Among economic conditions likely voters (Gallup provides no relevant data for registered voters), Kerry led over Bush 67-31 in their trial heat question. And among those who selected Iraq, Kerry also led, though by a smaller 59-40 margin. Only among terrorism voters did Bush lead, though by an overwhelming 83-14 margin.

Which leads me to speculate that perhaps Bush’s mid-April press conference gave a short-term boost to the salience of terrorism (still clearly his strongest issue), thereby explaining his (small) gains in trial heat questions around that time. And it also suggests that – contrary to the idea that Bush is somehow not getting hurt by the deteriorating situation in Iraq (see above) – the more the public focuses on Iraq, the worse it’s likely to be for him politically.

And he’s apparently starting to fall off a bit from that mid-April bump already. The latest Democracy Corps poll of likely voters (they report no RV results) has Bush ahead of Kerry by only a single point (49-48). (And see the CBS News results reported above.) The DCorps poll also shows Bush’s approval rating down two points since late March (to 50 percent) and right direction/wrong track at 40/54, down from 42/50 last month.

In addition, DCorps asks the following question, which gets directly at the issue of whether this will be a time-for-a-change election: “Now let me ask overall, do you think the country should continue in the direction Bush is headed or go in a significantly different direction?” The response: 45 percent Bush’s direction/53 percent different direction. And that’s also down – it was 46/50 last month.

The Public and Abortion Rights

Lydia Saad, “Abortion Divides Public; Not a Top Issue for Voters,” Gallup Organization, April 23
Robin Toner, “Abortion-Rights Marchers Vow to Fight Another Bush Term, New York Times, April 26

On April 25, perhaps one million people marched in Washington to defend abortion rights. The headline about the demonstration in The New York Times was “Abortion-Rights Marchers Vow to Fight Another Bush Term.”

Is that really likely to hurt Bush? Or has a backlash developed against abortion rights as abortion rights opponents successfully agitate for incremental restrictions on those rights?

The latter was the flavor of an April 25 article in The New York Times, “Abortion’s Opponents Claim the Middle Ground.” And it is true that abortion rights opponents have been concentrating on chipping away at these rights with various restrictions like parental notification and banning so-called partial birth abortions. But it’s also true that they’ve adopted that strategy because they have to. What those groups really want to do is ban abortions – in other words, get rid of Roe v. Wade. But they’ve realized they can’t do that. Hence the chipping away approach.

And the reason they’ve realized they can’t do that – get rid of abortion rights entirely – is very simple. The public doesn’t want it.

The Gallup report cited above provides some illustrative data. A plurality of the country (48-45) considers itself pro-choice, rather than pro-life. That includes a 54-39 majority among 18-29 year old women. In addition. 60 percent of the public either believes abortion laws should remain as they are (40 percent) or be made less strict (20 percent). And while just 17 percent want to make abortion illegal in all circumstances, 50 percent believe Bush holds that view.

In earlier Gallup results, Americans view Roe v. Wade as a good, rather than bad, thing for the country by a 23 point margin (53 percent to 30 percent). Gallup data also show that the public believes abortion should generally be legal during the first three months of pregnancy – the subject of the Roe v. Wade decision – by a wide margin (66 percent to 29 percent). Only 17 percent are for banning abortion, as mentioned above, while 26 percent believe abortion should be legal under any circumstances. The rest believe abortion should be legal under most circumstances (14 percent) or only in a few circumstances (40 percent).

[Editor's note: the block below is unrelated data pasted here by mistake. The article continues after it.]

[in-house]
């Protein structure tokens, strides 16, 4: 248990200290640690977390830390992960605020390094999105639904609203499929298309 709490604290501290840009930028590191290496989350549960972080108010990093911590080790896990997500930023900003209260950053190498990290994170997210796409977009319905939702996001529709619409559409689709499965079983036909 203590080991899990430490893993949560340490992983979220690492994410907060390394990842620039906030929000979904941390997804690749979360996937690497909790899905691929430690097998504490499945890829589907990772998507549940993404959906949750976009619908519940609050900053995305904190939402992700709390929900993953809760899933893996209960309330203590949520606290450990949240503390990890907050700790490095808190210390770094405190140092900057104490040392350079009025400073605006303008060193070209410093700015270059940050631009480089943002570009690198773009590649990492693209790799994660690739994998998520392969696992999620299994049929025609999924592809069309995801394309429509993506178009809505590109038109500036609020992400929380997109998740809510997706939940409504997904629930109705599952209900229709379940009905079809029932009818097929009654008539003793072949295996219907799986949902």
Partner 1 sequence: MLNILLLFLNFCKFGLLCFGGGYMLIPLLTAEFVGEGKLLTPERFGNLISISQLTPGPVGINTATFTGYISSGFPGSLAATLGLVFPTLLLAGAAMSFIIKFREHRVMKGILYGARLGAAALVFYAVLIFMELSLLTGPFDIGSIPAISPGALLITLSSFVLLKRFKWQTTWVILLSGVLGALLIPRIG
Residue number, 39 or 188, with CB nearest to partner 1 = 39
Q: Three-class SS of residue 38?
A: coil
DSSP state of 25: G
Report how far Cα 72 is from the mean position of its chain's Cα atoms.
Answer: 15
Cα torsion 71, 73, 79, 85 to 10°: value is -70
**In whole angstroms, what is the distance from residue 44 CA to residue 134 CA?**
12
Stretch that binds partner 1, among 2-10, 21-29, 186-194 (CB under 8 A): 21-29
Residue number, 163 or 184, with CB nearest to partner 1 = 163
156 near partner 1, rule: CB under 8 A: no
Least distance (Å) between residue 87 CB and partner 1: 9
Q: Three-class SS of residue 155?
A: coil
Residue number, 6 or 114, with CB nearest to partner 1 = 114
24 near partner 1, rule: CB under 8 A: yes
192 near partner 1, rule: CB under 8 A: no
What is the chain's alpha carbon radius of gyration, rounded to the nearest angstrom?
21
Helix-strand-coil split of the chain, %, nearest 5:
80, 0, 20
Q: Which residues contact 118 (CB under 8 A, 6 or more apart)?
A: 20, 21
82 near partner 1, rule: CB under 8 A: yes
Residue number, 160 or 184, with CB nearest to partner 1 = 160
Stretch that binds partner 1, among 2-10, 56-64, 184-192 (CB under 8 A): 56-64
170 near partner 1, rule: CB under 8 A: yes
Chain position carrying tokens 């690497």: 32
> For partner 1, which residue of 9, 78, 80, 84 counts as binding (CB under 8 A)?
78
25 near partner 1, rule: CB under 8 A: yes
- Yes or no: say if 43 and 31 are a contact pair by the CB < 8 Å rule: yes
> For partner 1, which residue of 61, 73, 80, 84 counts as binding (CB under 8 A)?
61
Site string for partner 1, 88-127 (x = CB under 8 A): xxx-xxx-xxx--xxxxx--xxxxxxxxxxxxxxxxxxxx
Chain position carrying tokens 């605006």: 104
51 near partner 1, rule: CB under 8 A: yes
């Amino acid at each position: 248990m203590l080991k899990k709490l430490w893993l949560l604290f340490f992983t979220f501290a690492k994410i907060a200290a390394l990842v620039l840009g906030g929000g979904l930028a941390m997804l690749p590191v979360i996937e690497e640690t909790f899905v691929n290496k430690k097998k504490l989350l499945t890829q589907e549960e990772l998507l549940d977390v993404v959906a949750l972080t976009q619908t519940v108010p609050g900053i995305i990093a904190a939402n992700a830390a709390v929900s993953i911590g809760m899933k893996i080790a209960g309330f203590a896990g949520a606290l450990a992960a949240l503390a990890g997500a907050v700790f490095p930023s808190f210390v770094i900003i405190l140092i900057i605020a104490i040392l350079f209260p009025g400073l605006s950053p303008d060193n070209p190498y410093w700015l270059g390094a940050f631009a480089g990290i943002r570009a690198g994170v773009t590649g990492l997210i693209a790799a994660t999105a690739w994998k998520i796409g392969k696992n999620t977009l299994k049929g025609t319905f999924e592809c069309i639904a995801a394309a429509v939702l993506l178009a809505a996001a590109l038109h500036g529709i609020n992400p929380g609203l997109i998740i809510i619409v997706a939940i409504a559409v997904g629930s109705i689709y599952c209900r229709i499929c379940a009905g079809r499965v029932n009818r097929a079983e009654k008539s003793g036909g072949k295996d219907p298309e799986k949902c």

An NBC poll gauged support for abortion rights in a different manner and found 59 percent saying that the choice on abortion should be left up to the woman and her doctor and 29 percent saying abortion should only be legal in cases of rape, incest or risk to the mother’s life. Just 9 percent said it should be illegal in all circumstances.

ABC and Time/CNN polls asked directly about support for the Roe v. Wade decision and found 54 percent to 44 percent and 55 percent to 40 percent support, respectively. In addition, the NBC poll asked whether the Supreme Court should reverse Roe v. Wade and found strong opposition to this course (58 percent opposed to 35 percent in favor).

Polls generally find that support for abortion rights, however measured, has remained very steady since 1995. Looking before 1995, some polls suggest that today’s levels of pro-choice sentiment are somewhat less those in the 1990-95 time period. But other polls tell a different story. The ABC poll, for example, finds direct support for Roe v. Wade to be less now than in 1993, when it was measured at 65 percent to 33 percent. On the other hand, the NBC poll finds a slight increase in opposition to reversing Roe v. Wade over about the same period. They asked the same question in 1992 (though among registered voters) and found 56 percent opposed to reversal and 38 percent in favor.

The Gallup poll question above on circumstances when abortion should be legal (all, most, a few or none at all) also finds evidence of some diminution in support for abortion rights since a peak in the 1990-95 time period. But the NBC question on whether abortion should be left up to the women and her doctor shows very little change over the same period.

Regardless, however, of how much change there’s been since the early 1990s, all of these polls agree there has been very little change since the mid-1990s. They tell us we remain a country that is generally pleased with the legacy of Roe v. Wade and does not wish to reverse it. And it suggests Bush really had better watch his step where abortion rights are concerned.

Ruy Teixeira is a joint fellow at the Center for American Progress and The Century Foundation.

The positions of American Progress, and our policy experts, are independent, and the findings and conclusions presented are those of American Progress alone. A full list of supporters is available here. American Progress would like to acknowledge the many generous supporters who make our work possible.


Ruy Teixeira

Former Senior Fellow